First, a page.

In the Letters section of the August issue of Physics Today, a reader claims that when he asks 'newly minted physics PhDs' to explain why stars have different colors, that 75% of them answer incorrectly. How would you answer the question?
Eh, it depends on the question asked and how much the person asking already knows.Sorry if I posted too much on this topic. I posted before reading the other responses and noticed everyone is trying to keep it simple. I will do this when possible from now on and not get too technical unless asked to. lol :)
There is no uncertainty of the spectrum of our own star. The uncertainty is in the perceived color, which will be different depending on who you ask and how you are looking at it.There seems to be much uncertainty about the color of our own star, so how is it possible to be certain about the color of stars many light years away? I see white, yellow, blu-ish and even pink are suggested.
Wouldn't an ND filter used on a regular camera, from the space station say, show the true color?
You make it sound easy, but from a quick look into how star colors are measured, it doesn't look so easy. I looked at this site to start with:When we talk about "star colors" we actually mean the spectrum that it emits. We are very easily able to measure this spectrum to a very very high accuracy.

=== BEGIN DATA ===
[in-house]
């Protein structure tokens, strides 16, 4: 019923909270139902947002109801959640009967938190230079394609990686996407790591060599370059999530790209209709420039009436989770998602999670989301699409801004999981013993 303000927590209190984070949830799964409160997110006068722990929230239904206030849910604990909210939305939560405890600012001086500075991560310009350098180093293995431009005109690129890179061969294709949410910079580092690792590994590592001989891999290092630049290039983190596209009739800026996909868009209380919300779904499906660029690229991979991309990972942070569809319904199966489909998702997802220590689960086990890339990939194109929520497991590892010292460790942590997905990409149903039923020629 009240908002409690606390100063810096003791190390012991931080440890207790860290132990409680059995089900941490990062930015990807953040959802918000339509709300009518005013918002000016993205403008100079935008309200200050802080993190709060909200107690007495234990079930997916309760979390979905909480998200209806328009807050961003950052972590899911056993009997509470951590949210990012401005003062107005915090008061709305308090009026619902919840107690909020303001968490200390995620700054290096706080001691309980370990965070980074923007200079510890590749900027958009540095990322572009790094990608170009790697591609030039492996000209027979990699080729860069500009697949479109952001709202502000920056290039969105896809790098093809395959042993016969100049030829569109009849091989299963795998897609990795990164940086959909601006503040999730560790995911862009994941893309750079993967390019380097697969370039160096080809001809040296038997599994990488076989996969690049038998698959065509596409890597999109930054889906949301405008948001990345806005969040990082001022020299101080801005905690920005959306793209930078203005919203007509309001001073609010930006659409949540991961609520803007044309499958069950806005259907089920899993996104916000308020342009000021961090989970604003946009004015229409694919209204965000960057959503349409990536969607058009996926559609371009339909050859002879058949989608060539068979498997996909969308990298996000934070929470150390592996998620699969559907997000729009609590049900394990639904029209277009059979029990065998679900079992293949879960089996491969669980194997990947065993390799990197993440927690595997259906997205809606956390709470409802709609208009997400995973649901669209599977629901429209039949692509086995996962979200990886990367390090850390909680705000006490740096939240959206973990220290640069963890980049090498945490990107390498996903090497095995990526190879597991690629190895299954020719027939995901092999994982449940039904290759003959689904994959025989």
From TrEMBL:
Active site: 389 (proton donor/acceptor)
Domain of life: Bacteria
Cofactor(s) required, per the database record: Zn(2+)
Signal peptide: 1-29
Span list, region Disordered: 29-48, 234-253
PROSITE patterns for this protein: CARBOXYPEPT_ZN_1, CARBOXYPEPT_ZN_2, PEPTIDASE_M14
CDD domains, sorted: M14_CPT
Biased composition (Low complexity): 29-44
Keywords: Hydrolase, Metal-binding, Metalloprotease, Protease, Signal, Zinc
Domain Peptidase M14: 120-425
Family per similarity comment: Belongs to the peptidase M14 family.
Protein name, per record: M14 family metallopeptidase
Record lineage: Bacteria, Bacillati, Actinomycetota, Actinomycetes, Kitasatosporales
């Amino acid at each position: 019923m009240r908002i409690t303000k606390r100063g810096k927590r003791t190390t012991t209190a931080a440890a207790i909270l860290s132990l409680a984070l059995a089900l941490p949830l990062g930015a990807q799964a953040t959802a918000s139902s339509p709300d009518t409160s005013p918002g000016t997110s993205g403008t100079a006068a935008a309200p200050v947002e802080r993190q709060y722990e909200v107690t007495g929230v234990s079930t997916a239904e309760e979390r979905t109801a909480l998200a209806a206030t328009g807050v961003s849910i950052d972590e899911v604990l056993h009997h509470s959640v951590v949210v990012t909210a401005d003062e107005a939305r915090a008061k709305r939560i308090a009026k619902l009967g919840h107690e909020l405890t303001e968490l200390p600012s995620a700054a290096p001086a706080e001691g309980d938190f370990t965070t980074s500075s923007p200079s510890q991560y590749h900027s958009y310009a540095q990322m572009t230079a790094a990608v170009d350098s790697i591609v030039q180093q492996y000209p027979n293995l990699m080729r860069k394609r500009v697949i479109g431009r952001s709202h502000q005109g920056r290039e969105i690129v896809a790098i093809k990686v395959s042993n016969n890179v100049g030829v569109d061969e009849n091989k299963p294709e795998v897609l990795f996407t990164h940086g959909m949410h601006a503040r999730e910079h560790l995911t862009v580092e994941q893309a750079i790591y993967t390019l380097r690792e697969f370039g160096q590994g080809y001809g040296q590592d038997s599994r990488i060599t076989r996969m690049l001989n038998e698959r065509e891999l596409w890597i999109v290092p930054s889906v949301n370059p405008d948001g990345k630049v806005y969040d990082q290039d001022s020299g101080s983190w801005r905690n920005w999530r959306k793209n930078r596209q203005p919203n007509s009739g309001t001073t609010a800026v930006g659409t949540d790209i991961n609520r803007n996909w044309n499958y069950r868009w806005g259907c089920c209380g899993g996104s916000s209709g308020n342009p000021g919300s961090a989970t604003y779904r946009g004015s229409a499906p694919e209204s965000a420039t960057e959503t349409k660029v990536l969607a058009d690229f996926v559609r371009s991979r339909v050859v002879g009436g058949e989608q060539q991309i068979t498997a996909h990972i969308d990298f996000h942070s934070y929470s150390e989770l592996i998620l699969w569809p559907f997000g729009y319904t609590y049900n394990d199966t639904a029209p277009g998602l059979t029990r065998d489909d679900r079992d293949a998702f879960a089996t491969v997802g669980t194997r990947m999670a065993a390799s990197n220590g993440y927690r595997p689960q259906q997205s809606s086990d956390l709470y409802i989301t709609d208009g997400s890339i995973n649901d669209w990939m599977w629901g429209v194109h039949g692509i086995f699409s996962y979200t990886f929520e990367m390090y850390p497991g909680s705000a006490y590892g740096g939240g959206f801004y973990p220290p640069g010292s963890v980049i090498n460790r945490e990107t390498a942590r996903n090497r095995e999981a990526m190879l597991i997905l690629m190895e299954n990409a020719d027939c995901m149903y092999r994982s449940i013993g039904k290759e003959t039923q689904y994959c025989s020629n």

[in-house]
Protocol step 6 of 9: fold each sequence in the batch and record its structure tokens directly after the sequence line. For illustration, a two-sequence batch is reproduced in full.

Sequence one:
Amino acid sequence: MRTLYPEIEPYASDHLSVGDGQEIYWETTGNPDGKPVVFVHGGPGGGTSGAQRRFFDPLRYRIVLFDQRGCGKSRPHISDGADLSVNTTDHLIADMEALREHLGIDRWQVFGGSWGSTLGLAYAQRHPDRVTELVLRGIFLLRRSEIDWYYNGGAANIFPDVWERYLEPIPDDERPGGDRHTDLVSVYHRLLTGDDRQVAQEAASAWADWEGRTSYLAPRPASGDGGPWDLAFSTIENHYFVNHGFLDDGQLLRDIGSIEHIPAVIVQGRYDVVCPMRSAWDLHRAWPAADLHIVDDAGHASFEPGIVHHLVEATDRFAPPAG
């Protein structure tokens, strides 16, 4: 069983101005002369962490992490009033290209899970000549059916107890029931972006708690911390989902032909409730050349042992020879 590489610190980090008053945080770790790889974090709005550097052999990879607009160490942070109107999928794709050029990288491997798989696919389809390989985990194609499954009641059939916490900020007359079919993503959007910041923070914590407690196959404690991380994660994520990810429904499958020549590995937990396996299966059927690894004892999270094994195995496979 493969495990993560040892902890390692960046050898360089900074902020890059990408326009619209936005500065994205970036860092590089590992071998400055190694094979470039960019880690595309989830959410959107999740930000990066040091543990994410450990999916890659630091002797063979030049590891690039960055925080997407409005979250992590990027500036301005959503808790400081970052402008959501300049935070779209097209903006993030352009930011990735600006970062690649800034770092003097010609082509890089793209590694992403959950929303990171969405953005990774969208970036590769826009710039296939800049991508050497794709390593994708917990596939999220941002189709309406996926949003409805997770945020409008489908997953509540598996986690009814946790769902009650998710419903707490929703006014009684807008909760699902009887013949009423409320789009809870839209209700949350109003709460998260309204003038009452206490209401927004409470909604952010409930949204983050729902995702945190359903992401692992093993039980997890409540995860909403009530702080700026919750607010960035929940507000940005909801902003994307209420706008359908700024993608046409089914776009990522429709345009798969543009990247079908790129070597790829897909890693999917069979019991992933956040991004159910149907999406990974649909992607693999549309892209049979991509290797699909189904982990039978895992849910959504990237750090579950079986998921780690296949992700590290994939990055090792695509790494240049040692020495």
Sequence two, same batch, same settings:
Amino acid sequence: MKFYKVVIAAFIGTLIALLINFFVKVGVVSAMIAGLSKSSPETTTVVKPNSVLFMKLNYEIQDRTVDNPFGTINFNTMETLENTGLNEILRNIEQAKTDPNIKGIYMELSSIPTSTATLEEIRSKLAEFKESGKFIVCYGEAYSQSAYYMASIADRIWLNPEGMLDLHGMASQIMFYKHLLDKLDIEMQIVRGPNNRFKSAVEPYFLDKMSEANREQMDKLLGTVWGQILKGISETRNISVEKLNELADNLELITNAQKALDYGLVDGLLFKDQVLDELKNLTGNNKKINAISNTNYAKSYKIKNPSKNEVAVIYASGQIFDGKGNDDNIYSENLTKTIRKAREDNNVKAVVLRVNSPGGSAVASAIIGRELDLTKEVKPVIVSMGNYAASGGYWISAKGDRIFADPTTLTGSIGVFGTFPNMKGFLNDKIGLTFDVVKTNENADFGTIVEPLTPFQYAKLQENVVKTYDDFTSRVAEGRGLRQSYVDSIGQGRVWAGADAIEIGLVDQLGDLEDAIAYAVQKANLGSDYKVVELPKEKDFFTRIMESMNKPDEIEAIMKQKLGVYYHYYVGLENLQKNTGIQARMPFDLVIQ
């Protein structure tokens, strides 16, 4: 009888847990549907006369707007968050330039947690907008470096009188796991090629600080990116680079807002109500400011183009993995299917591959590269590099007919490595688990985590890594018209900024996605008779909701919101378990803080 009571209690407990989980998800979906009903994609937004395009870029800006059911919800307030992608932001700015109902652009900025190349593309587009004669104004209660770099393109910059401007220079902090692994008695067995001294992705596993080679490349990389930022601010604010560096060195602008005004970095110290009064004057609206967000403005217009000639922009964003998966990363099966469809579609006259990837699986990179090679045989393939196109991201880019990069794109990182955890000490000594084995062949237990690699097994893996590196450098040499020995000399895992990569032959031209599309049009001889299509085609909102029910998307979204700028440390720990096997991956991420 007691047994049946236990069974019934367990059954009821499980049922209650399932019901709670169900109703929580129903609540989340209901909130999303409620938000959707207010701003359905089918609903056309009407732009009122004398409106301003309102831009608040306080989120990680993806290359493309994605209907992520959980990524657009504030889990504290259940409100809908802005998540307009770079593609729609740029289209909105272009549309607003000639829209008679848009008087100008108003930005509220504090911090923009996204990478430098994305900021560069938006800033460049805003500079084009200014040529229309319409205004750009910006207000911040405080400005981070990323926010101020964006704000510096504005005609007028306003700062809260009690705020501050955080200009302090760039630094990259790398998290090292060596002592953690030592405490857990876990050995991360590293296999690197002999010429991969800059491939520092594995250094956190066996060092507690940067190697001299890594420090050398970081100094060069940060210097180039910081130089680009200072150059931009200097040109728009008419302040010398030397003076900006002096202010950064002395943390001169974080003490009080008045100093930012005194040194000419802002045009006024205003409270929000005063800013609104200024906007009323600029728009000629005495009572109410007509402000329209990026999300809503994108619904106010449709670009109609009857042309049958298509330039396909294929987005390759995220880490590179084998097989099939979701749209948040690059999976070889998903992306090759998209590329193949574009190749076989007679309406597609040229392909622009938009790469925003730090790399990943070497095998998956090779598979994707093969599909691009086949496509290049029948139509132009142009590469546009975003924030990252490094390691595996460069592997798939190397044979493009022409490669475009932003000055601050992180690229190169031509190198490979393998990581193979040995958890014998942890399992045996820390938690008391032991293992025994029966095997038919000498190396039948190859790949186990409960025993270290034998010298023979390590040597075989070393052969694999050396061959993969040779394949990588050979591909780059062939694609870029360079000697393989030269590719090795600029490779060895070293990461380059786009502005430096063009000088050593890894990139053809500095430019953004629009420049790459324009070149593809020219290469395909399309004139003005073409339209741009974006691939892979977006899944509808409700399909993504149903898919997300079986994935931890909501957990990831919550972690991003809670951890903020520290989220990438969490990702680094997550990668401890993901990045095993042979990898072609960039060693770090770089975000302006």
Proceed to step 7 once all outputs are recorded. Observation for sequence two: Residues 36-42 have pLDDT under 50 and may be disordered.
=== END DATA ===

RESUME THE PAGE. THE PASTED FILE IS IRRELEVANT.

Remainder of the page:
No, to measure the spectrum of a star we use a spectrograph. This spreads the light out like a prism instead of focusing it onto one spot. Spectrographs must be calibrated of course, but that is not terribly difficult as far as I know.I'm no scientist so excuse my perhaps naive questions. SOLSPEC does have error margins, and needs regular calibration. It is also looking at the nearest star, so is quite large. The next nearest star though, and all the others, are only going to resolve to 1 pixel even from our most powerful instruments, aren't they?
A spectrograph shows you which wavelengths are being emitted and absorbed.Secondly, if we are examining spectra, through filters, how is it determined that the spectra are thermal in origin rather than from ionisation of elements in a stars electric field? If we look through a red filter, how do we know that we are not seeing a Balmer line of hydrogen?
Of course. The spectrum of a star is not a perfect black body, it will have all kinds of things that make it slightly different. These are all seen the in spectrum as different emission/absorption lines, broadening of the lines, etc.And lastly, what about Stark or Zeeman shifting, does those come into play in these measurements?
(Dons flak jacket and stands well back...)